Monitoring Pollution to Enhance Human Health and Conservation of Oreochromis Karomo Along the Malagarasi River, Tanzania

Tlehema Gwandu Umbayda

The Malagarasi River is Tanzania's largest River, encompassing nearly one-third of the watershed area of Lake Tanganyika, and contains habitats of national and international importance such as the Muyovozi Wetland-Ramsar site and the Moyowosi/Kigozi and Ugalla Game Reserves. However, anthropogenic activities such as mining, farming, overgrazing, and charcoal burning have contaminated the river. These factors contribute to the loss of biodiversity along the Malagarasi River and may have a negative influence on the health of nearby communities that rely on the river for their livelihoods and water supply. The endemic Karomo tilapia, Oreochromis karomo, has been categorized by the IUCN as critically endangered, and its decline is expected to continue mainly due to habitat degradation, overfishing, and hybridization. Monitoring anthropogenic activity in the Malagarasi River is critical for saving this species from extinction and restoring the species' habitats from anthropogenic activities.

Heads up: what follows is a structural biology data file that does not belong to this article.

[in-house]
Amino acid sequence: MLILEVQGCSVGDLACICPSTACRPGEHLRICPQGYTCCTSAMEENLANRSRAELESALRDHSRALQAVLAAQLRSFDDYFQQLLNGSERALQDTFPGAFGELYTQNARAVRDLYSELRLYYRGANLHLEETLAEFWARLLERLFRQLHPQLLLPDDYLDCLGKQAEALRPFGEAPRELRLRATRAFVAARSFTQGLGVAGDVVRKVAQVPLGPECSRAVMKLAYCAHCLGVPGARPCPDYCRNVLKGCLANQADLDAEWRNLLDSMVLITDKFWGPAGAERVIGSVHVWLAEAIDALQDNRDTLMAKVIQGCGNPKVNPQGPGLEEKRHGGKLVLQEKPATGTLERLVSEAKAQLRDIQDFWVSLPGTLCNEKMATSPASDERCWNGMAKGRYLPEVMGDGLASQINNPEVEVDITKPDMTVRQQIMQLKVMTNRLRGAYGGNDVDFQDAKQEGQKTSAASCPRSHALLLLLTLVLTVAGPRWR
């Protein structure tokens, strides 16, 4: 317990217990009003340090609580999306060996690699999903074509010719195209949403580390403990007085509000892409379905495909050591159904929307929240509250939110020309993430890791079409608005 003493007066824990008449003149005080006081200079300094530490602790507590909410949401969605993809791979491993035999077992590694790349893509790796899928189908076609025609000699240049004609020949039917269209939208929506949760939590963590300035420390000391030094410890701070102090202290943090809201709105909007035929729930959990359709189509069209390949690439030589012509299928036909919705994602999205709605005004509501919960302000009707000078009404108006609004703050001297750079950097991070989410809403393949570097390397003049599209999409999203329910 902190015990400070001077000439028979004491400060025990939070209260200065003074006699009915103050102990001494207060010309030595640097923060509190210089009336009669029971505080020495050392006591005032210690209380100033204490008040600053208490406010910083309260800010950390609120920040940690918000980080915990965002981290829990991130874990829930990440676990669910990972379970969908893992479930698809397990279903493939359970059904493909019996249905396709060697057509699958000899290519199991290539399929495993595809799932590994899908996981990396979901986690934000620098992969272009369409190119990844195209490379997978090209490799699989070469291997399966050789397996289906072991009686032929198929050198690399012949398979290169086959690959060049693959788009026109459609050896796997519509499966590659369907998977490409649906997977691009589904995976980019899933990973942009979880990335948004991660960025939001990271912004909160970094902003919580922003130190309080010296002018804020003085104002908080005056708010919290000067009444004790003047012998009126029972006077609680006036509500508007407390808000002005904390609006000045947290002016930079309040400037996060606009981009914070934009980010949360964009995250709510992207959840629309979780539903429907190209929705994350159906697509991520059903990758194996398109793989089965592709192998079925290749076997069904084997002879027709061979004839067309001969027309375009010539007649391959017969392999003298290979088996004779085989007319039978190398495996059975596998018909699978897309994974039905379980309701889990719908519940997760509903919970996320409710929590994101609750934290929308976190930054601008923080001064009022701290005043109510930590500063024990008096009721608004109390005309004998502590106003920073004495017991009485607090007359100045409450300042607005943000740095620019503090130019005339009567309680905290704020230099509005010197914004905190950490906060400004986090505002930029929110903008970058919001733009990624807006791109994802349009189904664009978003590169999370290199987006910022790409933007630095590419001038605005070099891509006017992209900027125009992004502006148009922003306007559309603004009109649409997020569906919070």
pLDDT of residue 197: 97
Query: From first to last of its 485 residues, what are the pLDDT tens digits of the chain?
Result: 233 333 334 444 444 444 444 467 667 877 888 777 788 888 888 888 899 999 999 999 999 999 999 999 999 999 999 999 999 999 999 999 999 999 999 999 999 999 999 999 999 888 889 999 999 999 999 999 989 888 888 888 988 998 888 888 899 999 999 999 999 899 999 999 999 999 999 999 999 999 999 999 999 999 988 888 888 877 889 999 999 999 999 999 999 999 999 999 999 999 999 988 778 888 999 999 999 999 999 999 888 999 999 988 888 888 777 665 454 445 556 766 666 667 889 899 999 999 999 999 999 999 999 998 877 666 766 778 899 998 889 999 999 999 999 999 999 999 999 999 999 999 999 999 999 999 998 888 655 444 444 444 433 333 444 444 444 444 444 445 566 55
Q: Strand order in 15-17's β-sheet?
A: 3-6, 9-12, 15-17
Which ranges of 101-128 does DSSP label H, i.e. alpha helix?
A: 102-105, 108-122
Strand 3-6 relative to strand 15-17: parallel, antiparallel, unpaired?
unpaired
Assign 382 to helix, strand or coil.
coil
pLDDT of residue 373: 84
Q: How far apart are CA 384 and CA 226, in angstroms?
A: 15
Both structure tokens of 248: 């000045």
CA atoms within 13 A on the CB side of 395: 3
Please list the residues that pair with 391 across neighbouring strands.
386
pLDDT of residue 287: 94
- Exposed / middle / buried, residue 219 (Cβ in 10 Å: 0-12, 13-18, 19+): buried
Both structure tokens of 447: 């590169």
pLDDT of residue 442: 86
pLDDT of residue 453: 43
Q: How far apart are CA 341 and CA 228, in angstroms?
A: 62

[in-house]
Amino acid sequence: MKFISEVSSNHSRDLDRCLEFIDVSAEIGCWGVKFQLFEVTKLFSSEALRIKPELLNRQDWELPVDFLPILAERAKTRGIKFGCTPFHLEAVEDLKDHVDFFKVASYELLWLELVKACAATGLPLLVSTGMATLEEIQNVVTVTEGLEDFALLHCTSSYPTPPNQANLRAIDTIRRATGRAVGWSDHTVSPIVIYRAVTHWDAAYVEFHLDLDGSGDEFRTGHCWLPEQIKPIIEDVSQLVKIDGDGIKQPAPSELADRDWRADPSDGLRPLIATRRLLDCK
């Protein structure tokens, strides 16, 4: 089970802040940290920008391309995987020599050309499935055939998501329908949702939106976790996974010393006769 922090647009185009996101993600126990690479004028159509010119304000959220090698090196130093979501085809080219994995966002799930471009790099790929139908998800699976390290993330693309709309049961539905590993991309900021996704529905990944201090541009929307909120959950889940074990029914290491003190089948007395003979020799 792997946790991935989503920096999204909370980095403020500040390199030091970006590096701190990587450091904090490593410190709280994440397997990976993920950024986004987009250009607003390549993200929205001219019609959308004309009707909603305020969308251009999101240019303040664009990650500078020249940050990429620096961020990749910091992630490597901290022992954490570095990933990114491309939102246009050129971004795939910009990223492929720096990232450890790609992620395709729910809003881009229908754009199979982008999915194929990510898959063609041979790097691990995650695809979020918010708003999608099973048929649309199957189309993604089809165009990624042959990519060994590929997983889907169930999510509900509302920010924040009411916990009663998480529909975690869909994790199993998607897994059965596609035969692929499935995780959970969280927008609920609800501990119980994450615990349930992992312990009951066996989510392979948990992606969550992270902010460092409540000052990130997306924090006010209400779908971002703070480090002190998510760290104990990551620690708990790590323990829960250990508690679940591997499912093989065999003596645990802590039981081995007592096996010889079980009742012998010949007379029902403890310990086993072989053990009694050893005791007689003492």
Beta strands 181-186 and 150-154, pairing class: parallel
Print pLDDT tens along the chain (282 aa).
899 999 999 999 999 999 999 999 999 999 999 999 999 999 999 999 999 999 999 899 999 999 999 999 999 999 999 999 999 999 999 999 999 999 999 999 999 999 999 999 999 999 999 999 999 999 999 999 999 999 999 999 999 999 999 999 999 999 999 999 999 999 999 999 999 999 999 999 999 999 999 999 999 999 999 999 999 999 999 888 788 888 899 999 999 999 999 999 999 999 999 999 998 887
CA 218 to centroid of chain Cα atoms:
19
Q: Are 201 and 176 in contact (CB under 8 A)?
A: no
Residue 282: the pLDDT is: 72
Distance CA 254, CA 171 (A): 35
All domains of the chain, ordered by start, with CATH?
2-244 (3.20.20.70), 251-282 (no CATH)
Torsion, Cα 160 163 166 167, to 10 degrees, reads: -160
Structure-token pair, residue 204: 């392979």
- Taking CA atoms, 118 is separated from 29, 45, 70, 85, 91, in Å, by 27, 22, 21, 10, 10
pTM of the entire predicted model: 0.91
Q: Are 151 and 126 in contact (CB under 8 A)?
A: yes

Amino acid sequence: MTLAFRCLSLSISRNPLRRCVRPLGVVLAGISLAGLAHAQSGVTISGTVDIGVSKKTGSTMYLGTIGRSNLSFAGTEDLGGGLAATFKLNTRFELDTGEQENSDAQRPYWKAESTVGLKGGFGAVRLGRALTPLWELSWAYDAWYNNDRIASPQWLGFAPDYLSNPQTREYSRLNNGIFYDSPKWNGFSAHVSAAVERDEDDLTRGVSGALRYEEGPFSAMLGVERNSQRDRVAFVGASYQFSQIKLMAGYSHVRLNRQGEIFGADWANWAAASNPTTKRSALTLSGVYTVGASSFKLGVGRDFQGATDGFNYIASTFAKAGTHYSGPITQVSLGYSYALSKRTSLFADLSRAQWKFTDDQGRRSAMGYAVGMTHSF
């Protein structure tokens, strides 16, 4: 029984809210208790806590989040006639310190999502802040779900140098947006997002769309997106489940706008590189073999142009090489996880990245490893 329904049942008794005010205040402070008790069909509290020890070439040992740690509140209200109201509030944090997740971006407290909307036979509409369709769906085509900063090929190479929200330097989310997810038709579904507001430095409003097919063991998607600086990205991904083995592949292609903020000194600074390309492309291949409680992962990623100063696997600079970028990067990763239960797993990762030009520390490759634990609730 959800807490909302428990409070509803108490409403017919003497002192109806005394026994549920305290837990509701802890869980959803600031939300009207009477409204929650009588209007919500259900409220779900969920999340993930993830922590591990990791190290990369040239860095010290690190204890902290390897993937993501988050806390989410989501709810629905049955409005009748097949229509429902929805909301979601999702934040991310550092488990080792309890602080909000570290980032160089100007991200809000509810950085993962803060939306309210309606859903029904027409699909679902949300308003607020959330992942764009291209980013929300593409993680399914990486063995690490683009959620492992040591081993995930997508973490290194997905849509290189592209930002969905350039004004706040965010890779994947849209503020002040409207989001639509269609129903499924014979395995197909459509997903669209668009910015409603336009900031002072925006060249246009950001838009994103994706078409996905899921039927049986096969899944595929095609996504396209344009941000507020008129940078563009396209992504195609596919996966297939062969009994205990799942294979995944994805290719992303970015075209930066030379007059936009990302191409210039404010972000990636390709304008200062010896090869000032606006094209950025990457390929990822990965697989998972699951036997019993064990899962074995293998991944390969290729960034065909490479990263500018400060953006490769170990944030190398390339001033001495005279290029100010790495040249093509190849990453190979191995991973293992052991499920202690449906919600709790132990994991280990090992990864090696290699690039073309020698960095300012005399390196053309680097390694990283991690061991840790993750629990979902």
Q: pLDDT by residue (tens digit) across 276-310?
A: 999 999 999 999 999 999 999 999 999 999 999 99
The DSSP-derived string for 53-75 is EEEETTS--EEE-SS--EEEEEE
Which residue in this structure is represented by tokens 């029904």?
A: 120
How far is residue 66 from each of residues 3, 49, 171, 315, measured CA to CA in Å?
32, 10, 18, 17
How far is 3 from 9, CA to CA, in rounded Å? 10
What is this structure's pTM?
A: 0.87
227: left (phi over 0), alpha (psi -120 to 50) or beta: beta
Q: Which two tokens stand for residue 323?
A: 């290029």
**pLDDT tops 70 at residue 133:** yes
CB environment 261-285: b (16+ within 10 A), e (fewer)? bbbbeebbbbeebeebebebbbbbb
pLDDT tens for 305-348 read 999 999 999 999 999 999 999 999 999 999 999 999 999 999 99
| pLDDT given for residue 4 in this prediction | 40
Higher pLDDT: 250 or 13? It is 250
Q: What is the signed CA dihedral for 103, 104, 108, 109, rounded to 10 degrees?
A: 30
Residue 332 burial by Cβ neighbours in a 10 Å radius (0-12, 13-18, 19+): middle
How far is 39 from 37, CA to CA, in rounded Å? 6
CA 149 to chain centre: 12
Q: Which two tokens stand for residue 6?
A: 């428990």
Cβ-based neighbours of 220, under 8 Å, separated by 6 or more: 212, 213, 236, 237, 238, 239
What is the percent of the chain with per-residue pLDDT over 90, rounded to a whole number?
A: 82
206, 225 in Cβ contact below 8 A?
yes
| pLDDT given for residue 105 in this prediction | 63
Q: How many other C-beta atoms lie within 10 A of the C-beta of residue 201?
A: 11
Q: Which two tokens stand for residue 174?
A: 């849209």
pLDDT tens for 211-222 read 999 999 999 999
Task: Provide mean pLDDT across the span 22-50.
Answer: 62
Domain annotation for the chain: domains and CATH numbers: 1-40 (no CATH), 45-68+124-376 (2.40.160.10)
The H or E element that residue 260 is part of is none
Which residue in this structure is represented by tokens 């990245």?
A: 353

Mr. Umbayda and Dr. Nehemia with villagers fishing in Ilagala. © T.Umbayda,2023.

Mr. Umbayda and Dr. Nehemia with villagers fishing in Ilagala. © T.Umbayda,2023.

The project's goal is to provide actionable insights into pollution reduction, human health protection, and the survival of the O. karomo species. The study intends to use a variety of approaches to monitor the population status of O. karomo and its habitats. The project's efforts will involve analyzing O. karomo's genetic diversity and structure. To collect data on the factors that lead to heavy metal contamination along the Malagarasi River, social surveys, including structured questionnaires and interviews, will be used. However, the impact of metal pollution on human health will be investigated for people who depend on fish in the area.

The findings of this research project will be critical in the protection of several fish species in the Malagarasi River. The knowledge generated from this study is expected to create awareness among local communities about the necessity of conserving fish habitat by controlling spawning areas, water and sediment quality for fish production. As a result, this initiative will lead to an increased population of O. karomo and increased fish catch that is safe for human consumption.

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